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Making the Irish American

Jacket: Hardcover
Pages: 733 pages
Publisher: New York University Press (February 2006)
Genre: US History/Immigrants

Comments about the author: J. J. Lee is Director of Glucksman Ireland House, Glucksman Professor of Irish Studies, and professor of history, at New York University. He is the author of the award winning The Irish Experience in New York City: A Select Bibliography.

Marion R. Casey is assistant professor, Glucksman Ireland House, New York University, and co-editor of The Irish Experience in New York City: A Select Bibliography.

Review: This comprehensive volume is co-published with Gluckmans Ireland House, which is the center for Irish Studies at New York University.

For anyone with the slightest interest in the history of Irish immigrants in America, Lee and Casey’s book is a wonderful foundation on which to build a knowledge base. In the first section, The Irish Background, Eileen Reilly offers an overview of Irish history beginning with the Earls of Kildare and moving to present day Ireland. Ms. Reilly, associate director and adjunct assistant professor of Irish studies at Glucksman Ireland House, may appear to have slightly whitewashed certain aspects of these time periods, but I believe that due more for the need of a concise account rather than a deliberate turning a historical eye the other way from unsavory details.

In the second section, Foundations, David Noel Doyle starts by defining the term Scots Irish or Scotch-Irish, referring those immigrating from Ulster and generally Protestant, and he continues by delineating the consequences of this subdivision of the immigrant group as a whole. In the next two chapters Doyle turns an economic historian’s eye on the widespread effects of Irish immigrant to North America and the United States in particular, using pre and post famine dates as a dividing line. As for how the Irishman was viewed in various parts of the country: “Employers though highly of him; the wealthy distanced themselves from him; those of recent, unstable position slighted him; New Englanders disdained him – but most Americans from New York southward and westward took him as he was, more or less.”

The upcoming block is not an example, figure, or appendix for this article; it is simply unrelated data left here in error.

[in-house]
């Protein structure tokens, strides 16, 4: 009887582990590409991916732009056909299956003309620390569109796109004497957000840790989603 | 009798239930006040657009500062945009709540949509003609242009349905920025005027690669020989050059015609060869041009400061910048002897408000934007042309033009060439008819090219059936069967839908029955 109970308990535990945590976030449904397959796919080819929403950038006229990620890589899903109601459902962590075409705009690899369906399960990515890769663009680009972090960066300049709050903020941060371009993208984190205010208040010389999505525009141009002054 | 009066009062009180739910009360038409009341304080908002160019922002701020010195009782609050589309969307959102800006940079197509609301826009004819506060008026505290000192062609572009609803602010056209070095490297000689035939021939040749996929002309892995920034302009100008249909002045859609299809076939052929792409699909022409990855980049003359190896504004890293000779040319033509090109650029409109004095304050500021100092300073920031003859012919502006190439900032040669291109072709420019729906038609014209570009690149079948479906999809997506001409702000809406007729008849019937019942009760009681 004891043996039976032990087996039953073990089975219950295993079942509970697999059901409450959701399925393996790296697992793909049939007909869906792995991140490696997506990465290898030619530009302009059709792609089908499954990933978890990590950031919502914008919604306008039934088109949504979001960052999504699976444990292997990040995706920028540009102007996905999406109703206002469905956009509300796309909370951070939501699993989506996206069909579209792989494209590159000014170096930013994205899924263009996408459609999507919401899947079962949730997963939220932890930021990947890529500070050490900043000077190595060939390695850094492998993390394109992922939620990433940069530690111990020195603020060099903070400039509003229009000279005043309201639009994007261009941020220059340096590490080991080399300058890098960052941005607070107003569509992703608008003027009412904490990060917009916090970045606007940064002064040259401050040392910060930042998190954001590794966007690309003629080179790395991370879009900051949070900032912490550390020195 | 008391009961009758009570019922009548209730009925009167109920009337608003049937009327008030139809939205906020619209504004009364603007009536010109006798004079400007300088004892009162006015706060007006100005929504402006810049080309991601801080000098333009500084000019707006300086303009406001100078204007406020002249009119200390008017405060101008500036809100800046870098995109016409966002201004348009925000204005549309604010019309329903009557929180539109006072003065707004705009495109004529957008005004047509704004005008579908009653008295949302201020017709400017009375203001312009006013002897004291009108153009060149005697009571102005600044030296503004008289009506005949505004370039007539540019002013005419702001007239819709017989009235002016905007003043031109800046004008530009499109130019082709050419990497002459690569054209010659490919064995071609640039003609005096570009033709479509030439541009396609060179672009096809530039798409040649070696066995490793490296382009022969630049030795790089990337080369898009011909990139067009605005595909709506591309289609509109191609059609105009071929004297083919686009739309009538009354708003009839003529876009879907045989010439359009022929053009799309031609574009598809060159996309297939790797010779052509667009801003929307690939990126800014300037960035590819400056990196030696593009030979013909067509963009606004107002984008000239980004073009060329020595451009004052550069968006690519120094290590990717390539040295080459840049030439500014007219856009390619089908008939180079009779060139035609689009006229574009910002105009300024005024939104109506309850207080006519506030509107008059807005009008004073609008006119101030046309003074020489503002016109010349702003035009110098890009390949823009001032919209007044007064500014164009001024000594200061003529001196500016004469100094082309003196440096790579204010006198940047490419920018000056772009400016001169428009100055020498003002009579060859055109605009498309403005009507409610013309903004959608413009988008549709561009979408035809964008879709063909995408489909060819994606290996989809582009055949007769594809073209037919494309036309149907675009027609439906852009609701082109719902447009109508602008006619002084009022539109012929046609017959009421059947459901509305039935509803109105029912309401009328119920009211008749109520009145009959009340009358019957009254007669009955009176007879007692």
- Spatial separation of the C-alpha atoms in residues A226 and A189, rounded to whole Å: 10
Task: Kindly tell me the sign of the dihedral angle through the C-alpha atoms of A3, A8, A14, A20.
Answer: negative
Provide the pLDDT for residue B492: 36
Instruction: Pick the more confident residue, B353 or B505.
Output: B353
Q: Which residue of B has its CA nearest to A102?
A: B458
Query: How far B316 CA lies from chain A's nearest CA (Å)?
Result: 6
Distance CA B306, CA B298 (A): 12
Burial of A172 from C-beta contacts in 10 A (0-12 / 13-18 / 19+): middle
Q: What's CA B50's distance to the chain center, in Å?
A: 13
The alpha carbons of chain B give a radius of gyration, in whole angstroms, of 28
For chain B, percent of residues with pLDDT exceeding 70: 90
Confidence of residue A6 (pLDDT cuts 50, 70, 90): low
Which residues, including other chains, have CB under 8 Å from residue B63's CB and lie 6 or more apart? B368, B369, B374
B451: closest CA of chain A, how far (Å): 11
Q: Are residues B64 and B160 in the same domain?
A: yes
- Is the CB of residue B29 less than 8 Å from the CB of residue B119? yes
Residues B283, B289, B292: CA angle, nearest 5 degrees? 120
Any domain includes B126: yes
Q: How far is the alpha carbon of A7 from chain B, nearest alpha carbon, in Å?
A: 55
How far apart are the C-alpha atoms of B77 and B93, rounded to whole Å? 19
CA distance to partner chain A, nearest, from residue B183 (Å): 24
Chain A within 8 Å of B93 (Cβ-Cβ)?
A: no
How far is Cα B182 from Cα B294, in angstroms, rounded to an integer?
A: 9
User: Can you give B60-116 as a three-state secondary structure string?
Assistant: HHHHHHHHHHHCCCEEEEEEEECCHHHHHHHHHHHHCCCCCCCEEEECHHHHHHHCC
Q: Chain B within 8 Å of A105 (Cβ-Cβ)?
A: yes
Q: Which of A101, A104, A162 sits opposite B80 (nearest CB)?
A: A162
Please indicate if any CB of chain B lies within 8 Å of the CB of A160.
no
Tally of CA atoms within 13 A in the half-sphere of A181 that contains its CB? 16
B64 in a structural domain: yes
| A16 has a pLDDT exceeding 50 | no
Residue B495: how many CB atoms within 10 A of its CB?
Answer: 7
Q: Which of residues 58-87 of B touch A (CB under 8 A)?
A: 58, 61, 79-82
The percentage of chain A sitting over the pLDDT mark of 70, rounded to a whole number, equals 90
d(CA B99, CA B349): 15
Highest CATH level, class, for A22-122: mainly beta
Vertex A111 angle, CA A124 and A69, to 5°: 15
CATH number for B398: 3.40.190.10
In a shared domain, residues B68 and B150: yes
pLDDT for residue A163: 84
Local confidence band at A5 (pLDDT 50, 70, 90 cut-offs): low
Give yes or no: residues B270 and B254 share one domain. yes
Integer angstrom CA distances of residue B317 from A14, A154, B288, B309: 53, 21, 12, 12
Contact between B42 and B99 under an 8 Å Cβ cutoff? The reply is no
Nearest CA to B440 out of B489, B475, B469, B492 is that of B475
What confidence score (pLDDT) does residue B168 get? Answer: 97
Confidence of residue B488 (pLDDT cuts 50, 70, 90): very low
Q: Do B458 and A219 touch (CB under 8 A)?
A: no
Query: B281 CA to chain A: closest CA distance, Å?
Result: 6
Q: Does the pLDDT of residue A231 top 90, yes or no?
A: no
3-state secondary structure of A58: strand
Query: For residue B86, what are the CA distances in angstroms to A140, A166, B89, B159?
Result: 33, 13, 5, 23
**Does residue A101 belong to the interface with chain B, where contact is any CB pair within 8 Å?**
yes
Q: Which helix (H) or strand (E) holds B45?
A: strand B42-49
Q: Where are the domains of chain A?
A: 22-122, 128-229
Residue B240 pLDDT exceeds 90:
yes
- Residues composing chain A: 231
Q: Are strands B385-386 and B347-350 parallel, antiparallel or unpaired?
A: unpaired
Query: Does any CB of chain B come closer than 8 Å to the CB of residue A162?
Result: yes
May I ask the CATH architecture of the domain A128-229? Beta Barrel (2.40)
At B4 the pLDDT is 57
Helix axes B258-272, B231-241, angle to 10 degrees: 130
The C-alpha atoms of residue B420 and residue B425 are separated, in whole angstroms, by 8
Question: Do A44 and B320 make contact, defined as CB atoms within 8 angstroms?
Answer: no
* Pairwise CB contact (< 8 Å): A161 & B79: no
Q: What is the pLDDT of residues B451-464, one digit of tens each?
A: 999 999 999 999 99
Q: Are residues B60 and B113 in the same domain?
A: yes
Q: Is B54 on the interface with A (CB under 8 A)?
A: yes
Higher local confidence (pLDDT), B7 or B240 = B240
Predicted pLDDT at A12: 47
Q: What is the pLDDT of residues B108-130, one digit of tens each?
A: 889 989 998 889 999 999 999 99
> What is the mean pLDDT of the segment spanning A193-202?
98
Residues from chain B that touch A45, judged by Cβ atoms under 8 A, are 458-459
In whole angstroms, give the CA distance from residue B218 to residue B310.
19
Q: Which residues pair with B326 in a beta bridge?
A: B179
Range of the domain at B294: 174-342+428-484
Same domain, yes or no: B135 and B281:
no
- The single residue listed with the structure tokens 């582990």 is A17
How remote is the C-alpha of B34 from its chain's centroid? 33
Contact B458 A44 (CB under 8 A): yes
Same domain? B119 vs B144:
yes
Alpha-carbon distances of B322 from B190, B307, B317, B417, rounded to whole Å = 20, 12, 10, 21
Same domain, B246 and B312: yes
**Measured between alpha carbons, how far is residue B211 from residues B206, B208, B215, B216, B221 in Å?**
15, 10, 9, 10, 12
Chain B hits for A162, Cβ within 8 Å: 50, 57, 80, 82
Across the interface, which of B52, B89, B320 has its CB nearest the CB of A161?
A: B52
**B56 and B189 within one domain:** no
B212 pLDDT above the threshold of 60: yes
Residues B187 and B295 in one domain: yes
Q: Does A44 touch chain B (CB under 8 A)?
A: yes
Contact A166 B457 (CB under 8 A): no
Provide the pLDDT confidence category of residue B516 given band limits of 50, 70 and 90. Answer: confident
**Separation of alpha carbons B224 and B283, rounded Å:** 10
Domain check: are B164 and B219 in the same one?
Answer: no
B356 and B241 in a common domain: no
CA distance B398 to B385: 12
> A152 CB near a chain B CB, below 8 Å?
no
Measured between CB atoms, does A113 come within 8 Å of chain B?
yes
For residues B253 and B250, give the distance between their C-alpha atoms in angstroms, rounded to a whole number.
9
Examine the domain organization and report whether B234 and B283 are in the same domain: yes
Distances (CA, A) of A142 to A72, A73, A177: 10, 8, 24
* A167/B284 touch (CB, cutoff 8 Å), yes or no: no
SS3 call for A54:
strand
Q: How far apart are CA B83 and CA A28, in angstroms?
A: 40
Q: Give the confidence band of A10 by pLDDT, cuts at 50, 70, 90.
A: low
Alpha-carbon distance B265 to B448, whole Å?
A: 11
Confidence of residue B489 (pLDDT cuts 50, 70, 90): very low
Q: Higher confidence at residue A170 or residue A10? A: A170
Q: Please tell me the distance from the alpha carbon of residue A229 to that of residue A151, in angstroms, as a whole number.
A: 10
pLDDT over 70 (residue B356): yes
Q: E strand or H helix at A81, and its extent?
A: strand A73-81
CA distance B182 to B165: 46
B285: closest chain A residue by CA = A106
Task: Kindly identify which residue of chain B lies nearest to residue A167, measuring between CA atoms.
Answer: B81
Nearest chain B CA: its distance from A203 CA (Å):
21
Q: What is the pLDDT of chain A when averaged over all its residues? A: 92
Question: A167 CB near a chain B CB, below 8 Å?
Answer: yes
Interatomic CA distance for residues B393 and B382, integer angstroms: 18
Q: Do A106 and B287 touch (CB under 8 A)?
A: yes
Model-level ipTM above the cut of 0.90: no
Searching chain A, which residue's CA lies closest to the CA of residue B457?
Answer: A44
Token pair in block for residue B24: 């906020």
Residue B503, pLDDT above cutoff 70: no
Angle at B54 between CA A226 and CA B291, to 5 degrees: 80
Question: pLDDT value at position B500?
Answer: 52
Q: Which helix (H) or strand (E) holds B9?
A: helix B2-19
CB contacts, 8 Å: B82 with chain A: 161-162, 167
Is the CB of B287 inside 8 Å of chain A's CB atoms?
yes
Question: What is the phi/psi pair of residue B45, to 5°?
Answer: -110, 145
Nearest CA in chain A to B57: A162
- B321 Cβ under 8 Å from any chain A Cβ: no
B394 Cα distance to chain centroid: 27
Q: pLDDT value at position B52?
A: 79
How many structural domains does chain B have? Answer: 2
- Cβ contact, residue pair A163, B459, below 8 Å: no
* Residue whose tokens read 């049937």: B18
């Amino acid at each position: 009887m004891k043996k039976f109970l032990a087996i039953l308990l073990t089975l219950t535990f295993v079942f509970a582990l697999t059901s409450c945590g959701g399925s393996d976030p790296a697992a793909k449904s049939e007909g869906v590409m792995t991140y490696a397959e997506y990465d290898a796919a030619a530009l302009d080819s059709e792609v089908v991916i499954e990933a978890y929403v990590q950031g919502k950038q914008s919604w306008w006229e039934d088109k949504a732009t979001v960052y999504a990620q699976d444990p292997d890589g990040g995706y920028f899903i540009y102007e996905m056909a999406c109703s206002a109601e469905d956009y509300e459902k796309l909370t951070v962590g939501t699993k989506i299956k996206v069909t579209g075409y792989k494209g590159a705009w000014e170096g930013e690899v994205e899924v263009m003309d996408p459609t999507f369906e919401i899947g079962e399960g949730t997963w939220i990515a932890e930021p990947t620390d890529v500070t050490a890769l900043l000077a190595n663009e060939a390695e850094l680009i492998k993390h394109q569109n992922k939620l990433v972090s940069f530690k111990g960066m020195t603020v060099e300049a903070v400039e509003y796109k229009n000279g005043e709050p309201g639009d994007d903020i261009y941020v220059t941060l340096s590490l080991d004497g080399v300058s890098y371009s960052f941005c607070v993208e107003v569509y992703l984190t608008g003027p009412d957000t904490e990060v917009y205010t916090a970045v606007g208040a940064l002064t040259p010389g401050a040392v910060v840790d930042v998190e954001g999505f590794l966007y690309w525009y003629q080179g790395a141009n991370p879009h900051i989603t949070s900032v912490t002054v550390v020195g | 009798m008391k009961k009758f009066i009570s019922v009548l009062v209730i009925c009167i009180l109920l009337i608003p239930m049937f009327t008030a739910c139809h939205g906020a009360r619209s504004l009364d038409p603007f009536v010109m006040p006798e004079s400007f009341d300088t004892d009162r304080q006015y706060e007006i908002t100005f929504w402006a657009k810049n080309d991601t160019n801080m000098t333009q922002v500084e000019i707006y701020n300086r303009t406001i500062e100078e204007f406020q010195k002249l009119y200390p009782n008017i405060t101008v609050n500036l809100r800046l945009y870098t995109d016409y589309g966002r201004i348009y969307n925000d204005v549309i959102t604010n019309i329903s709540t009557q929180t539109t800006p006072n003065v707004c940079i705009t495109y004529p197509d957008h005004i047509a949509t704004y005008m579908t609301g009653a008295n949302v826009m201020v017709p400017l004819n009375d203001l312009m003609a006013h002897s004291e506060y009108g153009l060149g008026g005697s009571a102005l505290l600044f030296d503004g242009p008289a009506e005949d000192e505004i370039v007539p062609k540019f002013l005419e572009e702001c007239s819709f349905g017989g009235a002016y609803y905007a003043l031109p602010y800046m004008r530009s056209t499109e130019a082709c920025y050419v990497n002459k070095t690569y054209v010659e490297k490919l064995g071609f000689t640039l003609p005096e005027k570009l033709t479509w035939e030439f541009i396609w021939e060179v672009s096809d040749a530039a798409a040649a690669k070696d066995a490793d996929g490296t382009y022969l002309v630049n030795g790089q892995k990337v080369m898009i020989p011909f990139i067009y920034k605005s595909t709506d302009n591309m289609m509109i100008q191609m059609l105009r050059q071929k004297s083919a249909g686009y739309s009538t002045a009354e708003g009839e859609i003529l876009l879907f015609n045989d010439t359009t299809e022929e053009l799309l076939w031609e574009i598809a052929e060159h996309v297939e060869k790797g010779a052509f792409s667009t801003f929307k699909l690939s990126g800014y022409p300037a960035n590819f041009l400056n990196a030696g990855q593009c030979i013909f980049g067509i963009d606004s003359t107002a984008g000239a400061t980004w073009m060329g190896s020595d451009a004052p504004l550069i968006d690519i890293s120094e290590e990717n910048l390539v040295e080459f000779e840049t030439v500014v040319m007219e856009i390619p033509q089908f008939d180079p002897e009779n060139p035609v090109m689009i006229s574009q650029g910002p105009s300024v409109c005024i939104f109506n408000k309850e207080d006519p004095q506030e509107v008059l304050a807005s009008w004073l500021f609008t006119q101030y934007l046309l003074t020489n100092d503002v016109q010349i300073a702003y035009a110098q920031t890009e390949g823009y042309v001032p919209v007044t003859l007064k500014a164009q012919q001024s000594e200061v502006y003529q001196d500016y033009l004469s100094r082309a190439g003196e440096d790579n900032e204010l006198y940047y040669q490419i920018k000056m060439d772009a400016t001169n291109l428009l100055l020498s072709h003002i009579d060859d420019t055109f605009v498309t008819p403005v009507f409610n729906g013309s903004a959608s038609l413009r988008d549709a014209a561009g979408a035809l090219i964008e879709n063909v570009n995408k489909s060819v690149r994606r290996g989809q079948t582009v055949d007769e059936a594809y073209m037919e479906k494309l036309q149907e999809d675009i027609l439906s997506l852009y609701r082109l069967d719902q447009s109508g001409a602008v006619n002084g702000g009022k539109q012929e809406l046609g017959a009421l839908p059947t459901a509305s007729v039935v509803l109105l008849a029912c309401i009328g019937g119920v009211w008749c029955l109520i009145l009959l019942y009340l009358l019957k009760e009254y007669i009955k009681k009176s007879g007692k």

To understand the conflict of identity, the theme of the third section of the book, one must understand the “two traditions”. According to Kerby A. Miller, “one is Gaelic, Catholic, nationalist, and ‘Irish’ “ the second “English and Scottish, Protestants, unionist or loyalists, and ‘British’”. His thought provoking essay challenges the tradition of strict adherence to interpreting these two groups as mutually exclusive. Other issues are addressed in this section – the immigrant bank, the role of women in domestic service, labor organizations, and prejudice against the Irish and the resulting violence. Growing up I heard women referred to as “old biddies” never dreaming it was a reference back to the hard working Bridgets that took up domestic service to survive in their new country; in addition, racial issues in my school history classes centered around black and white – it was a surprise to come across the terms “Celtic Caliban” and “toasted Irishman” and the concept of the Irish becoming white.

The last two sections cover areas more in current public awareness – Irish dancing, music, festivals and reflections by familiar names such as Pete Hamill, Calvin Trillin, and the late Senator Moynihan. The exploration of these subjects will appeal to a broad range of readers, and tempt them into the subjects covered in the first half of the book which are equally fascinating.

— Reviewed by: Pamela Crossland


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